Other type III secretion systems have been shown to target the host cytoskeleton (22), and it is possible that SPI2 gene products originating from intraphagosomal bacteria (23) interfere with localization of the NADPH oxidase in phagocyte vacuolar membranes by blocking cytoskeletal rearrangements (24). The effects of this action are not necessarily limited to the NADPH oxidase and, indeed, could provide a common mechanism to explain observations suggesting that S.typhimurium interferes with the fusion of phagosomes with secondary lysosomes carrying markers such as the mannose-6-phosphate receptor and cathepsin (25). Such oxidase-independent effects of SPI2 might help to explain the slight delay in mortality caused by SPI2-mutant bacteria in gp91phox knockout mice (Fig. 1D), and the modest survival defect of SPI2 mutants in some cell lines lacking detectable production of reactive oxygen intermediates (7).

Overall, SPI2 appears to prevent the phagocyte NADPH oxidase from trafficking toward Salmonella-containing vacuoles, both reducing the oxidant stress encountered by Salmonella and potentially enhancing collateral oxidative damage to host tissues. Interference with the localization of the NADPH oxidase is coupled with more conventional antioxidant strategies such as scavengers, detoxifying enzymes, and repair systems (2,26). The ability of Salmonella to limit its exposure to high concentrations of toxic phagocyte-derived oxidants may help to explain the dispensability of catalase (17) and the SoxRS and OxyR oxidative stress regulons (5) for virulence. It is possible that other intracellular pathogens pursue similar strategies. For example,Mycobacterium tuberculosis is susceptible to reactive oxygen intermediates in vitro (27), but lacks a functional OxyR locus and appears to be relatively protected from effects of the NADPH oxidase in vivo (28). Exclusion of the NADPH oxidase from phagosomes may be an important contributor to the virulent nature of intracellular pathogens.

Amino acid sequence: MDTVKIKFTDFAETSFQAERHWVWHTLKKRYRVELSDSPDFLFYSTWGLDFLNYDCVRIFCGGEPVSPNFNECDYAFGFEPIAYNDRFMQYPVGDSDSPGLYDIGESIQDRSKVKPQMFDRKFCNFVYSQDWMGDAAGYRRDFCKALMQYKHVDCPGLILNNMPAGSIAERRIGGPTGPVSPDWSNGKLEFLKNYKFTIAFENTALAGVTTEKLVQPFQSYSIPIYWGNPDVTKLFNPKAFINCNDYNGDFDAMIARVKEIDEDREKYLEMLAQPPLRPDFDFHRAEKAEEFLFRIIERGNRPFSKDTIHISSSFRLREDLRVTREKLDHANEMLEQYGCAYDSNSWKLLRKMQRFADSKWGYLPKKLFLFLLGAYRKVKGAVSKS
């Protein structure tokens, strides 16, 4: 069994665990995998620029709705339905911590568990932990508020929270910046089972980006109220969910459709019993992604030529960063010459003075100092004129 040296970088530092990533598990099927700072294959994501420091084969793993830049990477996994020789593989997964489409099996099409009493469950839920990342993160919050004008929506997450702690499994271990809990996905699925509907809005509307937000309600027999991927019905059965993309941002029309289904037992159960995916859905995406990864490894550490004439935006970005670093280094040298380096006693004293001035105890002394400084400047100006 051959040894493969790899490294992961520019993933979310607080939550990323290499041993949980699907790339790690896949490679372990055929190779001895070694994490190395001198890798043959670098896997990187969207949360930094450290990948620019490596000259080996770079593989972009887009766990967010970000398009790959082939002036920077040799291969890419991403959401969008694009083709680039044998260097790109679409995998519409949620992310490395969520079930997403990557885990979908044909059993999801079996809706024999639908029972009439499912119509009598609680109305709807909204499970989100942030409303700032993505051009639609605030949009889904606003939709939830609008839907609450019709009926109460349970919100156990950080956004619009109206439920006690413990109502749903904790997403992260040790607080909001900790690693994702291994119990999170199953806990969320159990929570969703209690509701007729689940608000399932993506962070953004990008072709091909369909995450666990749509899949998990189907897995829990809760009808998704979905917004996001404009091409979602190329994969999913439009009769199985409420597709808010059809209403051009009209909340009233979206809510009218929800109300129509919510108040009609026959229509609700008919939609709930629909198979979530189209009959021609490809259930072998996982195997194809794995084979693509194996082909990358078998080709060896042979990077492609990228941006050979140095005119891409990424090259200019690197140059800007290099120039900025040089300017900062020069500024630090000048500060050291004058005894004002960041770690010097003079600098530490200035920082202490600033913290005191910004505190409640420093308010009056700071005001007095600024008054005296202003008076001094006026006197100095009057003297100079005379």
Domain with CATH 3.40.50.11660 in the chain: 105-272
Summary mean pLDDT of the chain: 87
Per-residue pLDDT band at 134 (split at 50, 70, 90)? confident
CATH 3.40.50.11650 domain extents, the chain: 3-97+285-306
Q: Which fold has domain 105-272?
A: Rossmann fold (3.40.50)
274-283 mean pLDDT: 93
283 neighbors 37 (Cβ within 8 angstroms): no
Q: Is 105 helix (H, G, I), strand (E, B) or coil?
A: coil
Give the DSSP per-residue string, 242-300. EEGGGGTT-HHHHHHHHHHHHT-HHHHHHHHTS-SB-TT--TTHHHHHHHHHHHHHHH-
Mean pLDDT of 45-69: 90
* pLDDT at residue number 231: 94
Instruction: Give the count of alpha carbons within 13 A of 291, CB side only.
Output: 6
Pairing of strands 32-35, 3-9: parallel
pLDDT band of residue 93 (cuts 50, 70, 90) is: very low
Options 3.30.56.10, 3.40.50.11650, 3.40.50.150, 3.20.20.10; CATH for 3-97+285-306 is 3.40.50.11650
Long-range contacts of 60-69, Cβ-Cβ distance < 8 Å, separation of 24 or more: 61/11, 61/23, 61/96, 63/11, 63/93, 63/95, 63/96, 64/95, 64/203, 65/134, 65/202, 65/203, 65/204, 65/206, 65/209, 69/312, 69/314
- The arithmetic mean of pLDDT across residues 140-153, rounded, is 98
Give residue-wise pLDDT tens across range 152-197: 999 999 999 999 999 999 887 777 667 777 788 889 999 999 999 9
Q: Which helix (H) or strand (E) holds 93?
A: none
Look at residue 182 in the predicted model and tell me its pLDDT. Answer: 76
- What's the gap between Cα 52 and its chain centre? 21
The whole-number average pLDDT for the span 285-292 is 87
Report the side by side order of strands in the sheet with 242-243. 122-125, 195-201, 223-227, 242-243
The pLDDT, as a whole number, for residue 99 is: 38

• * Present address: Centre for Veterinary Science, University of Cambridge, Cambridge CB3 0ES, UK.

  • To whom correspondence should be addressed. E-mail: ferric.fang{at}